NHL 2014 Playoff Picks: Round One

Bryzgalov Wild           

My picks as usual will be about 75% goaltending, 20% possession numbers, and 5% “intangibles” (a.k.a. bad goaltending, to paraphrase Gene Ubriaco).



The Avs’ luck continues as they avoid the Blackhawks, Sharks, and Kings and end up facing the Cosmonaut in Round One. Bryzgalov was undefeated in regulation as a member of the Wild until a meaningless loss to the Predators on Sunday but behind his 7-1-3 record (2.12, 3 SO) was a mediocre .911 (only .003 better than his Oilers number); Hockey Reference has his Goals Saved Above Average in Minnesota at -0.82. He’s Bryzgalov and he’s bad. Varlamov may or may not be an abusive thug but he’s really good (27.45 GSAA according to Hockey Reference, with a league-leading 15.5 goalie point shares). The Wild might have the best skater between the two teams in Ryan Suter and yes, the Avs’ no-name defense is suspect (though fantasy hockey fans should know who Tyson Barrie is by now), but Colorado is better enough overall in this matchup of below average possession teams that I don’t think it matters.

Avs in five.

St. Louis/Chicago

Sometimes the Stanley Cup final occurs in Round One. The Blackhawks were the second-best possession team in the league; the Blues were seventh, and the Blues lack a Kane or Toews or even a Duncan Keith (depending on how much you like Pietrangelo, which would have to be a lot). So picking the Blues comes down to Toews and Kane being less than 100%, and to goaltending, both pro-St. Louis (Ryan Miller really was worth the picks plus prospect plus/less Halak’s contract–though small sample size warning, Miller as a Blue: 10-8-1, .903, -5.16 GSAA) and anti-Chicago (Corey Crawford‘s true talent level is somewhere between last year’s playoffs of .932, 1.84 and the prior year’s playoffs of .893, 2.58). Or maybe, I picked St. Louis to win the Cup before the season, so why change now.

Blues in seven.

San Jose/Los Angeles

The Kings scored the fewest power play goals (42) of any playoff team, which isn’t surprising because they also averaged the fewest goals per game (2.42) of any playoff team; in fact, only the Devils, Canucks, Panthers, and Sabres averaged fewer goals (yes, the Kings were even lower scoring than the Oilers and Flames). But the Kings were also the best possession team in the league (56.7% Fenwick close, 1.5 percentage points ahead of Chicago) and by the same metric had four of the top five possession players in the league (lacking only Patrice Bergeron–since he was never a Flyer who liked to party). On the other hand, the Sharks were the third best possession team (54.6% Fenwick close) and sixth overall in scoring, averaging a full half a goal more per game than the Kings (2.92). The Kings also allowed the fewest goals per game (2.05); the Sharks were fifth (2.35). This is the other Stanley Cup final matchup, with the possibility that Raffi Torres may decapitate someone as an added bonus (alas, this never happened in 2011). Once again, I’ll go with goaltending, which seems like more of a tossup than the numbers are saying: -2.09 GSAA for Niemi vs. 1.93 GSAA for Quick. (If you’re curious, 10.2 GSAA for Stalock, though. But 10.08 GSAA for Jones, and small sample size caveats.)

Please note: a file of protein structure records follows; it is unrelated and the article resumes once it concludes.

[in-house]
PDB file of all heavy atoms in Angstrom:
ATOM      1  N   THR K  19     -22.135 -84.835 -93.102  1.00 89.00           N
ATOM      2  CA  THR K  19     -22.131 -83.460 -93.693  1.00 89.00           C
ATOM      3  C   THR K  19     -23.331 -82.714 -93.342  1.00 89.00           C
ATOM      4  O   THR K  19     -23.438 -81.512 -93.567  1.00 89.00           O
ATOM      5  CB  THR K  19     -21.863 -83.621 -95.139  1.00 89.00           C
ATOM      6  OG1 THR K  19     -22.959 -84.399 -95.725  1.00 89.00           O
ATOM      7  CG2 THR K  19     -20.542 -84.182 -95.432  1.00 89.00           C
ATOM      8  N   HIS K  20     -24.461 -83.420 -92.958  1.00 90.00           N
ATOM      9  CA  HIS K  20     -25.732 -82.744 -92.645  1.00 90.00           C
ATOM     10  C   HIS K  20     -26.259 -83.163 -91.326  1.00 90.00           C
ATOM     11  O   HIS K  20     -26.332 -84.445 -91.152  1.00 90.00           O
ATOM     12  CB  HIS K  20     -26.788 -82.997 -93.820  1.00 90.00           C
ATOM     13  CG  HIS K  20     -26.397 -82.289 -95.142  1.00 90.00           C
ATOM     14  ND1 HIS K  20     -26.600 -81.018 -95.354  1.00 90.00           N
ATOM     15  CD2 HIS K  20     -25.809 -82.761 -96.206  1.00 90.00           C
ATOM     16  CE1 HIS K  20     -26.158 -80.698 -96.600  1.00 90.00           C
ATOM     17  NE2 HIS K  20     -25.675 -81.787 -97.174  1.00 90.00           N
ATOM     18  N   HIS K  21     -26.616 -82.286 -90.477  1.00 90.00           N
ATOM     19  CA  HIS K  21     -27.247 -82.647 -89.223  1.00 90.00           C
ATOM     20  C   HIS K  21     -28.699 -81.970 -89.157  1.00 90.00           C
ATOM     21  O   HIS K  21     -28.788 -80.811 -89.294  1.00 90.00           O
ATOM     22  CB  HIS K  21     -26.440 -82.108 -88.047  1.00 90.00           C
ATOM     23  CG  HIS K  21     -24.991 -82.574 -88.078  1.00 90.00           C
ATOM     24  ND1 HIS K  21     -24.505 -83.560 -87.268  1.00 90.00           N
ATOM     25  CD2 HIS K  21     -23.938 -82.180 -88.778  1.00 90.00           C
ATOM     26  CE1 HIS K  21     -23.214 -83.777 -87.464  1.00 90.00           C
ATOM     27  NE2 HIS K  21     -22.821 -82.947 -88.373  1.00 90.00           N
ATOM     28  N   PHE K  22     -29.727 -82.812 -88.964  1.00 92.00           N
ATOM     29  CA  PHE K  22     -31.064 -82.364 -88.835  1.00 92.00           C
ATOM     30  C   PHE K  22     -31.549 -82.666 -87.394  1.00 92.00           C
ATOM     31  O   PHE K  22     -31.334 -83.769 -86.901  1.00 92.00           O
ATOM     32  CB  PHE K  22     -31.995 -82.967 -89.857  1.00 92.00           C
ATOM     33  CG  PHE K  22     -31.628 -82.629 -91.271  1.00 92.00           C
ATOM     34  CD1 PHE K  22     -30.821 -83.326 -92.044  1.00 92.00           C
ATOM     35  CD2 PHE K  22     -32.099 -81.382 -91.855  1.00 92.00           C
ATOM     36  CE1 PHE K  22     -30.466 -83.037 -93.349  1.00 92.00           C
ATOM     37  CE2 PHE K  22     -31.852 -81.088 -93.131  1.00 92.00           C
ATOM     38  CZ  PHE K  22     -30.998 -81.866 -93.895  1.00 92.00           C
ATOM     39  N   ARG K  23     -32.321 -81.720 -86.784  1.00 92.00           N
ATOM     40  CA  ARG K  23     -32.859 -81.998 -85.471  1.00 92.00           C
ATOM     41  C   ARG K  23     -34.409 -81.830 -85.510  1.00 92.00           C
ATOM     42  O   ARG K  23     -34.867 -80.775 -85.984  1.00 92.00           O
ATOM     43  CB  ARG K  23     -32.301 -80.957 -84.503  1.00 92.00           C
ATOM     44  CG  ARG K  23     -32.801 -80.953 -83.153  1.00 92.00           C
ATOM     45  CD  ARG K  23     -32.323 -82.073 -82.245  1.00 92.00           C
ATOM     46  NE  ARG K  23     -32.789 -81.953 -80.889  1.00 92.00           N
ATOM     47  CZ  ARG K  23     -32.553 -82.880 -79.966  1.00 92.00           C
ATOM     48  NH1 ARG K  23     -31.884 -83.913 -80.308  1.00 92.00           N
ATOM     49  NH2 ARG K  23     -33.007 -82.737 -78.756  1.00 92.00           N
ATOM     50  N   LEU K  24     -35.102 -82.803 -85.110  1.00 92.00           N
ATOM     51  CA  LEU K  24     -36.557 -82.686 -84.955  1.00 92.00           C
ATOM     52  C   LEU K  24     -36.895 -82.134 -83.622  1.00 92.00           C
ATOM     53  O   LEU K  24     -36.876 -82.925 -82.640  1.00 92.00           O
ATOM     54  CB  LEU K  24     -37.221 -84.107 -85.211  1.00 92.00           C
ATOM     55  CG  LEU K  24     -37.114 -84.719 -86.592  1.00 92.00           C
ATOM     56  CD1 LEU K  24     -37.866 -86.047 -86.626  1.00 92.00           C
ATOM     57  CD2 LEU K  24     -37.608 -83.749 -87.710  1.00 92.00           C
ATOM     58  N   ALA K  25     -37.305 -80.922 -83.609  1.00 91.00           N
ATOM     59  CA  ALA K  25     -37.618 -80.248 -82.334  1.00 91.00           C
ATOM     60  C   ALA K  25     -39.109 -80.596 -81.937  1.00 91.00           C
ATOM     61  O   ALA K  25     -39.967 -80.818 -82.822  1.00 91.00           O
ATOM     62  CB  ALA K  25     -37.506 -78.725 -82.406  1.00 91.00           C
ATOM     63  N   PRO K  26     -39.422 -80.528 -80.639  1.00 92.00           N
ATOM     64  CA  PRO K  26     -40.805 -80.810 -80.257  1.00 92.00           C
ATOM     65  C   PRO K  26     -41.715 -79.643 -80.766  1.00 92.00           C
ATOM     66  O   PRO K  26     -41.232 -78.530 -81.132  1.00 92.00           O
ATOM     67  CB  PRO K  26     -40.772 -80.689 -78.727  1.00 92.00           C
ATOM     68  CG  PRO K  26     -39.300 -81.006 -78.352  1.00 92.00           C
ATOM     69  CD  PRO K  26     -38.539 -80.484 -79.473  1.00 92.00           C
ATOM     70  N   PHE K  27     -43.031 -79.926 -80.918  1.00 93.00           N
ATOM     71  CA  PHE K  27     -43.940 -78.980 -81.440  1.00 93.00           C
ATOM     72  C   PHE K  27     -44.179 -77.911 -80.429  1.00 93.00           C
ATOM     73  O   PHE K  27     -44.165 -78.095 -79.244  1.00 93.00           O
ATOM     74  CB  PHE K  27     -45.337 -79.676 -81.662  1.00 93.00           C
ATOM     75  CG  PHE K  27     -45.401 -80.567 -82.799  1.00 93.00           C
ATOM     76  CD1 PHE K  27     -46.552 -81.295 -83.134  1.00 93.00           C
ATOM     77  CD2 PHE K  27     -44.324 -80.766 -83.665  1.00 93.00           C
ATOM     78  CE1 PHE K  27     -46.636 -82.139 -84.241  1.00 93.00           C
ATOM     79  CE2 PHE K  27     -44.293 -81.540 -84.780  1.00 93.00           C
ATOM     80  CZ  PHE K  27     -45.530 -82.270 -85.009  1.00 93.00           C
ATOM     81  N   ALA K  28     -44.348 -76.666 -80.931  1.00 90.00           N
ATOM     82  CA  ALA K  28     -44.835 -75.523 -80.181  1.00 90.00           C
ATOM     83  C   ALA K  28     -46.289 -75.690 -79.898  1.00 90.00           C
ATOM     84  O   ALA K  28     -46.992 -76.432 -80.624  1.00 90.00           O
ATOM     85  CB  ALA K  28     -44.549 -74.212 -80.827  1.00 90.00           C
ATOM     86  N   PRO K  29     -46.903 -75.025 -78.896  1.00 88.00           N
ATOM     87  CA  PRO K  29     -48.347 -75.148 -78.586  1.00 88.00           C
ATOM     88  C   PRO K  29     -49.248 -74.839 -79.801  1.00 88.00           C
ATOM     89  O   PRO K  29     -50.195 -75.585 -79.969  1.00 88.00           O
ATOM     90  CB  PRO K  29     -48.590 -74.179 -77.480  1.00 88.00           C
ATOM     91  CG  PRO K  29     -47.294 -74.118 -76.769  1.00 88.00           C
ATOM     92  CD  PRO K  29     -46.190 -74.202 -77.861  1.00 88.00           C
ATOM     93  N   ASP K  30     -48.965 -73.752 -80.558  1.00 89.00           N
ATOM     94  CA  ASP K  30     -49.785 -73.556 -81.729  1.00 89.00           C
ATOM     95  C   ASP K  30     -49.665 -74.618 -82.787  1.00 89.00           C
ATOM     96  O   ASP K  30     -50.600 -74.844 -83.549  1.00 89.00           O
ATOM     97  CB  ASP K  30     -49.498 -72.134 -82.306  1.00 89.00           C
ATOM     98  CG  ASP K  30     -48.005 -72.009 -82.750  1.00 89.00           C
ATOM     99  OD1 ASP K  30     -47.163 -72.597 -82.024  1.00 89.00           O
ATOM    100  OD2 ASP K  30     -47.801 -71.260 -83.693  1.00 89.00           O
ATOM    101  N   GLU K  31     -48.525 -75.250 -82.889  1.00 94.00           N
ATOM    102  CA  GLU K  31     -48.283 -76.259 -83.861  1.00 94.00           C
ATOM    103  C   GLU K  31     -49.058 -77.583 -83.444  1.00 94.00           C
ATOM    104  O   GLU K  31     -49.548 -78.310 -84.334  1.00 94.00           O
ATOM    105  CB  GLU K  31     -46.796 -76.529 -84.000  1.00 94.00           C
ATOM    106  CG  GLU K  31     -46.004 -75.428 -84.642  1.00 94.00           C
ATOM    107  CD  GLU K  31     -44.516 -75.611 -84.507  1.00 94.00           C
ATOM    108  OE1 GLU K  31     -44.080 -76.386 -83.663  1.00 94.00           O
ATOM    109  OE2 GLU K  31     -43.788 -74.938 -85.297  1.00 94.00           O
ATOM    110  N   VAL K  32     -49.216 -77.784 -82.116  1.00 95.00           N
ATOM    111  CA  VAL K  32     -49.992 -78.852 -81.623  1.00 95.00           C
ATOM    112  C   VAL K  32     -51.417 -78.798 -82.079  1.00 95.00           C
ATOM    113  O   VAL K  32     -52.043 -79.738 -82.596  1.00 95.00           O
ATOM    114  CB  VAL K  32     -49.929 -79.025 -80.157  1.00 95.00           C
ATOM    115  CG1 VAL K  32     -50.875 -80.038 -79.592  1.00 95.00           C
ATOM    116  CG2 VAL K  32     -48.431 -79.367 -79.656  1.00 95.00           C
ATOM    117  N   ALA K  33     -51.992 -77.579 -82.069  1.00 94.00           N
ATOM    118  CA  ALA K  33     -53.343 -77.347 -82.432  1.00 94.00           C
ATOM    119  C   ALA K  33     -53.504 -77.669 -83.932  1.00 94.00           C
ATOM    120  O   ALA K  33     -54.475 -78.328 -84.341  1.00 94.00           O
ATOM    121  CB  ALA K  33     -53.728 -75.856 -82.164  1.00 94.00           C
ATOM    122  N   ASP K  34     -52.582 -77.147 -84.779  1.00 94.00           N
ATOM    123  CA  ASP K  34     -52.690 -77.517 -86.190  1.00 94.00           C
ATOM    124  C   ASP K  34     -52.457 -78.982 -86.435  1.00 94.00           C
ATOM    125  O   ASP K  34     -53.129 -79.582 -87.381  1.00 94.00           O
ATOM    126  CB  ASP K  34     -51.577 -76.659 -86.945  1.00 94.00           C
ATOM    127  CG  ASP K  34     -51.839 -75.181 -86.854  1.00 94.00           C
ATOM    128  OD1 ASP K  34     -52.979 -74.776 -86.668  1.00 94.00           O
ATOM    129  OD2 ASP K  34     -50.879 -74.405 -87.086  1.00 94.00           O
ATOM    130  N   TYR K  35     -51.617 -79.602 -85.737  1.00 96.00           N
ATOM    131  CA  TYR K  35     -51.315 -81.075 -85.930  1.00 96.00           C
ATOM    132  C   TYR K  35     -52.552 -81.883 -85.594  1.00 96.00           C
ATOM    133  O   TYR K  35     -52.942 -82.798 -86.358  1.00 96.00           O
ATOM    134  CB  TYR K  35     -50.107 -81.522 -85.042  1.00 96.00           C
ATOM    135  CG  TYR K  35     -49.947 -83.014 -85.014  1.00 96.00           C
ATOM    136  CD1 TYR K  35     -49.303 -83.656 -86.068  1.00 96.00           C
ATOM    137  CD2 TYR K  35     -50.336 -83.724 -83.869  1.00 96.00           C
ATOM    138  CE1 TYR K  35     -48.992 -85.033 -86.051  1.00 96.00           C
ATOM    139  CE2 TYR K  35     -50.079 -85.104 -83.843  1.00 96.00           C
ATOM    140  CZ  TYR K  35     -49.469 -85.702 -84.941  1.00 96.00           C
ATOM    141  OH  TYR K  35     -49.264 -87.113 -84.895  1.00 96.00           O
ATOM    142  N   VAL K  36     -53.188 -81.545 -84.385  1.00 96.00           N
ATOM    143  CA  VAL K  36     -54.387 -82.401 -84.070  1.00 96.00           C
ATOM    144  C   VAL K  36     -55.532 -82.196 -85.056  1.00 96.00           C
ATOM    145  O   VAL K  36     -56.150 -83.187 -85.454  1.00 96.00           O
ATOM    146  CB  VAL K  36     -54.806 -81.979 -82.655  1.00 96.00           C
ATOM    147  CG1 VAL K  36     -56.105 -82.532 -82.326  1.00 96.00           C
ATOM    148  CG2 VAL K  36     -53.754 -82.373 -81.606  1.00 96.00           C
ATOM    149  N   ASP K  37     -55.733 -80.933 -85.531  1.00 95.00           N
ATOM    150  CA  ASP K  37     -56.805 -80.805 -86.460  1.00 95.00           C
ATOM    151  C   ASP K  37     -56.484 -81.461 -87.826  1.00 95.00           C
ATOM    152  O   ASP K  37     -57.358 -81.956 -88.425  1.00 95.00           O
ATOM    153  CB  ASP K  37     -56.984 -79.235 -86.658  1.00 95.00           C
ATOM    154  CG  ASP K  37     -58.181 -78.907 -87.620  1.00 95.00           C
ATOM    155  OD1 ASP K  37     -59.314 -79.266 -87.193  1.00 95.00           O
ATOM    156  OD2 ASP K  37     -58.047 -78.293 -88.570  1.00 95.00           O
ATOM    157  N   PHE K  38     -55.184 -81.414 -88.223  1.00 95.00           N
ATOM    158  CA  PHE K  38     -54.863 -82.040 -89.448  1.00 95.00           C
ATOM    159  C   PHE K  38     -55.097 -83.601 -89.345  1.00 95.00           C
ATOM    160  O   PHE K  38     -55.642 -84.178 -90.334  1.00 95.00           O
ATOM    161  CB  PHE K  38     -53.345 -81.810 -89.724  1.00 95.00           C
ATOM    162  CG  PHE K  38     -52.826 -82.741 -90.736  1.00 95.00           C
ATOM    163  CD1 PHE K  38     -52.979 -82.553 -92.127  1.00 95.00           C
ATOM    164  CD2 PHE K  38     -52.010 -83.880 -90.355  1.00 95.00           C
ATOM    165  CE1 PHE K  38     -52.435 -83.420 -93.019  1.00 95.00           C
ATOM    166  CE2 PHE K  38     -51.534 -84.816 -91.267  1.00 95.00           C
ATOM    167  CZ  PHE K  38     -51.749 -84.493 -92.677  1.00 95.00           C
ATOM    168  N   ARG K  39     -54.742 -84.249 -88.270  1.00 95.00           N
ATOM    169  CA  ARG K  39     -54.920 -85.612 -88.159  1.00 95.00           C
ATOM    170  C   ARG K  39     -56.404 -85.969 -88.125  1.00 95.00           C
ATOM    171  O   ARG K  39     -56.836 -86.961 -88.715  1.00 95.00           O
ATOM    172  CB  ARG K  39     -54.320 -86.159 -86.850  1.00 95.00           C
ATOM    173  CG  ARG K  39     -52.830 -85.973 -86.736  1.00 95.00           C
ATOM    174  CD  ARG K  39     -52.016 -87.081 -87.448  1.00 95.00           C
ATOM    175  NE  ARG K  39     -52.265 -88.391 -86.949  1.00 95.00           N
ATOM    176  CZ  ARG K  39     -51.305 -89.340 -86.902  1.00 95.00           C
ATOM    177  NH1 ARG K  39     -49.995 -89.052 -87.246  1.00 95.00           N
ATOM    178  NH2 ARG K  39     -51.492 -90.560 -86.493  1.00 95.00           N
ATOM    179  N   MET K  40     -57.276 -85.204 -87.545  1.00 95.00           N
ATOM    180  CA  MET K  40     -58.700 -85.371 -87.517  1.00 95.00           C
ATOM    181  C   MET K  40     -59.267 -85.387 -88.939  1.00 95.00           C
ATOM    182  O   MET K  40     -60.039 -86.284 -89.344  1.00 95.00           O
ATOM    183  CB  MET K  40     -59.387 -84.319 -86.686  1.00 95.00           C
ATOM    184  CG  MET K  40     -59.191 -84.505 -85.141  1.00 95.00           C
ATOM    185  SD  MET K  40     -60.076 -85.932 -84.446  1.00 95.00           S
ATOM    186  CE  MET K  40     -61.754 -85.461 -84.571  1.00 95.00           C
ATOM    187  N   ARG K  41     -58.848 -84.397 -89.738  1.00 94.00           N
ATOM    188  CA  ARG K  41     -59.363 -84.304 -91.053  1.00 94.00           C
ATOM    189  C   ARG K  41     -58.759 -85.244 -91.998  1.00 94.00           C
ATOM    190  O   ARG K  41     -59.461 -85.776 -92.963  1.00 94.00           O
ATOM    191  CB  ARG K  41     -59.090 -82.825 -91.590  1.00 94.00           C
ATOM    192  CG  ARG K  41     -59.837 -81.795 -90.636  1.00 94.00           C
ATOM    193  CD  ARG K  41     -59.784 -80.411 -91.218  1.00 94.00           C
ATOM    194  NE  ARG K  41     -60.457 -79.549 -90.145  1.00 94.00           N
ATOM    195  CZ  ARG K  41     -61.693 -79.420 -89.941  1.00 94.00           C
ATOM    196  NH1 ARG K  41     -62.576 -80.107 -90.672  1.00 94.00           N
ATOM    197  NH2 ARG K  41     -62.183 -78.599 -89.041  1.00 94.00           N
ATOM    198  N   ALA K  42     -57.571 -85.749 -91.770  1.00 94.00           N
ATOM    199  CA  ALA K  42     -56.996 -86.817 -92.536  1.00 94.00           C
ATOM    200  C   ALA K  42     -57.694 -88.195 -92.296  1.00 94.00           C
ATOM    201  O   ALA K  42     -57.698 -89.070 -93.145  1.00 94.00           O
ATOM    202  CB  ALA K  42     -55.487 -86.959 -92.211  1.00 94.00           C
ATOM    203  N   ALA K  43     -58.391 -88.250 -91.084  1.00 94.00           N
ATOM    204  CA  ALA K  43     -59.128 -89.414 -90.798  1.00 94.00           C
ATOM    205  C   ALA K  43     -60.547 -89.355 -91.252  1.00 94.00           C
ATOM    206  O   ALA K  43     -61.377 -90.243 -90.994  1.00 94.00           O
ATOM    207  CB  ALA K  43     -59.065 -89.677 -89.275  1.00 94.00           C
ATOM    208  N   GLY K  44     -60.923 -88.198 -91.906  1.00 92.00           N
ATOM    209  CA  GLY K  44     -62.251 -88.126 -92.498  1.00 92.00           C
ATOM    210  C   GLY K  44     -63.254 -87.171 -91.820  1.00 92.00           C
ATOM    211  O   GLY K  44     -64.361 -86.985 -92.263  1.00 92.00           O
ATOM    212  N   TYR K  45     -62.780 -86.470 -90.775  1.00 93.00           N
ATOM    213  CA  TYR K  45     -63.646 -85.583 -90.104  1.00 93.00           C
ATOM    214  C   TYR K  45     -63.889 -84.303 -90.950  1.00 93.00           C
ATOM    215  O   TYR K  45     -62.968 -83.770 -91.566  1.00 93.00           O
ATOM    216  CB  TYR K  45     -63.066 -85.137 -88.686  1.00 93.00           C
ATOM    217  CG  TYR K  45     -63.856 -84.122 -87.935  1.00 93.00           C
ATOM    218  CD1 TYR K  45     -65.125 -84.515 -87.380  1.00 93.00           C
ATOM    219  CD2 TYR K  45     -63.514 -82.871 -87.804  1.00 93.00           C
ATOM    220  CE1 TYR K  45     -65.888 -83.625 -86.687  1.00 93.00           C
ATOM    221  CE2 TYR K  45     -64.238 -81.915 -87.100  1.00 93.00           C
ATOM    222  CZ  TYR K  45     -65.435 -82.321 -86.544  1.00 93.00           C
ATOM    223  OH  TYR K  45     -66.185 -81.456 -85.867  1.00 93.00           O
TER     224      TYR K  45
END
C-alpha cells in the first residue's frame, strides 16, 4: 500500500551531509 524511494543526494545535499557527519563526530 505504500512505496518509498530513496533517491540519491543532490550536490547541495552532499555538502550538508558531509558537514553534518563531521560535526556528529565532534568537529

(Incidentally, did you know there were two Antti Niemis?)

Kings in six.


The Stars were a top ten possession team this past season and the Ducks weren’t, Kari Lehtonen has always been underrated, and Seguin-Benn-Nichushkin is as close to Getzlaf-Perry-random winger as you would want. I think this is a closer series than it looks (although actually it may look pretty close to some observers), and that the Ducks will miss Dustin Penner, but I’ll take home ice and Getzlaf-Perry-random winger, I guess. Replacing Jonas Hiller (-3.85 GSAA) with Fredrik Andersen (7.47 GSAA) also helps. Will this be the end for the Finnish Flyer?